You've taken a new role that isn't a good fit, and while you're making more money, you'd still like to go back to your old employer. Career expert Molly Joss explains how best to approach that effort.
I took a new job about three months ago—a slight promotion at a bigger company. My staff is larger and so is my paycheck, but I am beginning to think I have made a big mistake. I am not comfortable with some things my boss wants me to do and with how the company is managed. It’s more attitude than action most of the time, but they want me to make decisions based on doing whatever it takes to make the company profitable in the short-term. Is it too late to get my old job back?
Yes, it’s too late to get your old job back because by now they’ve either hired someone to take your place or they’ve figured out that they didn’t need to replace you.
That doesn’t mean that you can’t go back to your previous employer and find out if there is some other position you might be suited for, now or in the future. I am assuming that you left the company in good graces and that no one there is angry that you left. If this is the case, a phone call to your previous manager—or maybe a lunch meeting—may be all that’s needed to get the discussion going.
Going back to a previous employer is not unheard of—especially in industries that are dominated by a few major companies or where there are lots of companies that do similar work in a close geographic range. I know people who have left companies and come back within a year or a few years, but all returned to different positions.
Sometimes to move up the ladder in a particular company, you are better off leaving and returning later, rather than waiting for the rung directly above you to be vacated. Going and returning gives the company the option of bypassing someone who is, for some reason, stuck in a particular position. Working for a competitor for awhile can also make you attractive to a previous employer because they assume (rightly or wrongly) that you will return with valuable insider knowledge.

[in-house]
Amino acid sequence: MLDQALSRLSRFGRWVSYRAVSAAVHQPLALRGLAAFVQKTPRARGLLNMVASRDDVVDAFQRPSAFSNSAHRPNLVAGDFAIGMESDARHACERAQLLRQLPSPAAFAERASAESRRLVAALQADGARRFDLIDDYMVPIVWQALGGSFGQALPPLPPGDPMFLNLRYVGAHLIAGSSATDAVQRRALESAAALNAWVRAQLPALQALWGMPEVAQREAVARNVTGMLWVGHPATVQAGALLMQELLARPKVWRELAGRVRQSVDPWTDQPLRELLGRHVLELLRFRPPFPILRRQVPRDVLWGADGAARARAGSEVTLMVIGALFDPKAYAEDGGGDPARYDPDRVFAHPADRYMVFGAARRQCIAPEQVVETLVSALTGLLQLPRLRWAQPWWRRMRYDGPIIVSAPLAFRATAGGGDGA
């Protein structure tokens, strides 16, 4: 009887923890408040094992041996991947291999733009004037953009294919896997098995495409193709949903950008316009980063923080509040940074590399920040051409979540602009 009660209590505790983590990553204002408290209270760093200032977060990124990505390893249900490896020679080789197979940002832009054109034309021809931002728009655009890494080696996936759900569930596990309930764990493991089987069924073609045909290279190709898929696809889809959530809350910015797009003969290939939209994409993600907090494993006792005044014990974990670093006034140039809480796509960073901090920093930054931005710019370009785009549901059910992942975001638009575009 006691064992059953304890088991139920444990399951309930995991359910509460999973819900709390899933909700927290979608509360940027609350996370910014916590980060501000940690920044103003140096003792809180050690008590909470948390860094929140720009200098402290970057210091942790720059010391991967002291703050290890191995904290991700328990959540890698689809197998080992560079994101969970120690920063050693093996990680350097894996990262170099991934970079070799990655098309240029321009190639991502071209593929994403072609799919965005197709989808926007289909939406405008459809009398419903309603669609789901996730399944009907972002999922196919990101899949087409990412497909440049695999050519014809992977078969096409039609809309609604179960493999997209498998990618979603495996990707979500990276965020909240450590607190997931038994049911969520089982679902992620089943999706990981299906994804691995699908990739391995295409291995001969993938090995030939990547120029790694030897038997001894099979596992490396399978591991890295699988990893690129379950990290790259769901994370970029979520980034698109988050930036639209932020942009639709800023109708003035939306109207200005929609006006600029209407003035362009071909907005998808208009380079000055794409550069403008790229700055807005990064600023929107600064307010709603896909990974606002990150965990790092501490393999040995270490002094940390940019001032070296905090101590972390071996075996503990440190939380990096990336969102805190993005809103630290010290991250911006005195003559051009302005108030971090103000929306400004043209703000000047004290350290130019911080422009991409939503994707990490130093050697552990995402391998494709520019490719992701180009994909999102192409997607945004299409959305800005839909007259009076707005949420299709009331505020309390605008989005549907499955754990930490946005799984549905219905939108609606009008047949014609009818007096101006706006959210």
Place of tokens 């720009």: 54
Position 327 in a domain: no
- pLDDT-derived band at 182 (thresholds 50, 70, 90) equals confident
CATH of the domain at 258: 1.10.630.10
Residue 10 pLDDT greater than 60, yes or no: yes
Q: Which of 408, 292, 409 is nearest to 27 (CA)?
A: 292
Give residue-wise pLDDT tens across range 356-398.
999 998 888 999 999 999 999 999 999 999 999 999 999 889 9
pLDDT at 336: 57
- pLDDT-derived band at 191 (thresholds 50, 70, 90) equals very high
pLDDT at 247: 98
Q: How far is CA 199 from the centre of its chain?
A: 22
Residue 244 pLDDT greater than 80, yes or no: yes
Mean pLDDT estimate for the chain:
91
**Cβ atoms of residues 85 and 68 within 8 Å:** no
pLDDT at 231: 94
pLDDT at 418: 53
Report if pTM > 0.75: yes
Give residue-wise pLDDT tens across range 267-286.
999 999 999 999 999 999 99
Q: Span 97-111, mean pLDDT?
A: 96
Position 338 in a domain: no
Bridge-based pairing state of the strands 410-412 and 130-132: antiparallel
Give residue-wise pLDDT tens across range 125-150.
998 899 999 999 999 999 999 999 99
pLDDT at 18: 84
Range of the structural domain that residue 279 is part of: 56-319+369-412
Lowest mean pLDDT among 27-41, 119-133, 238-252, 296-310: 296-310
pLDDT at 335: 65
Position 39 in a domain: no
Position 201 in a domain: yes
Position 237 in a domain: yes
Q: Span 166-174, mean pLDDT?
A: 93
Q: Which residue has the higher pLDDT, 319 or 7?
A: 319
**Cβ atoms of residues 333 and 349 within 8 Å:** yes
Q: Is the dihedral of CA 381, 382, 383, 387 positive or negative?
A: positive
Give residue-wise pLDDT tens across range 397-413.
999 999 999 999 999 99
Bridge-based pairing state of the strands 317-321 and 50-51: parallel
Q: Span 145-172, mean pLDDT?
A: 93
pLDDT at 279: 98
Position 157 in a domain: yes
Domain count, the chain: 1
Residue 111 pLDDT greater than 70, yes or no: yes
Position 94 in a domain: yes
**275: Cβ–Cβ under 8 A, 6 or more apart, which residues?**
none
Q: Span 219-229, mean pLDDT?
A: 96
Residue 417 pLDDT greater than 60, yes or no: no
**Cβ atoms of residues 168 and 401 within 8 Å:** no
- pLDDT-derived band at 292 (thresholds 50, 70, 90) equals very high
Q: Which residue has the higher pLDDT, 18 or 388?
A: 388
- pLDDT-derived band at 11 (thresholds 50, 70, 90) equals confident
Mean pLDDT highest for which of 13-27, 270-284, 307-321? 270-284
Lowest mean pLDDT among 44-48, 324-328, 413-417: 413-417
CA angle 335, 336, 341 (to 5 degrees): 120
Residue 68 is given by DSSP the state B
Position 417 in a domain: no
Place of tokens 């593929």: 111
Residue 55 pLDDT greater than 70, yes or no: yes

When you talk with your previous employer, make sure to be casual, but earnest, in your comments. Make sure to say that the reason you are getting in touch is that you genuinely miss the old company and how they do business. Explain that you left because you thought you were being given an opportunity that you would not have been able to realize otherwise. Be careful what you say about your current employer; don’t run your current employer down, but say enough to let your old boss read between the lines.
Forget trying to return to the previous company if you know you weren’t doing a good job or you jumped before you were pushed out of your job. You might get a job there again, but you won’t be able to move ahead from that position. The same is true if you made any important enemies while you were there.
Keep in mind that if your old company doesn’t work out because there aren’t any appropriate jobs available in the near future, your old boss and peers might still be able to help you. Ask them if they know about openings in other companies. If they liked working with you, then they will help you find something else, and they will provide good references.
While you are investigating the prospects at your previous company, make sure you continue doing your job to the best of your ability and without doing anything that you consider to be grossly immoral or illegal. Sometimes when people are in jobs they don’t like, they unconsciously start acting in ways that degrade their performance—hoping to get fired rather than having to resign. You want to keep on top of your emotions while you are searching for a new employer.
You didn’t mention being concerned about being asked to do something illegal, only that you’re being asked to cut corners in various ways. I am worried, though, because companies that take short cuts aren’t averse to doing things that are illegal. They work on the theory that most of the time no one notices or even knows that what they are doing is not legal. When they are wrong, it is usually the underlings who get fired or even go to jail—not top management.
Start keeping a journal (and please, do not use your corporate laptop to do this because it belongs to the company) about anything they ask you to do that you are uneasy about doing. Put in such details as who asked you, what you were asked to do, when, and your response. Keep your journal at home at all times, along with copies of related e-mails and memos, or consider renting a safe-deposit box. If you have any doubt about the legality of something you are asked to do, consult a lawyer privately.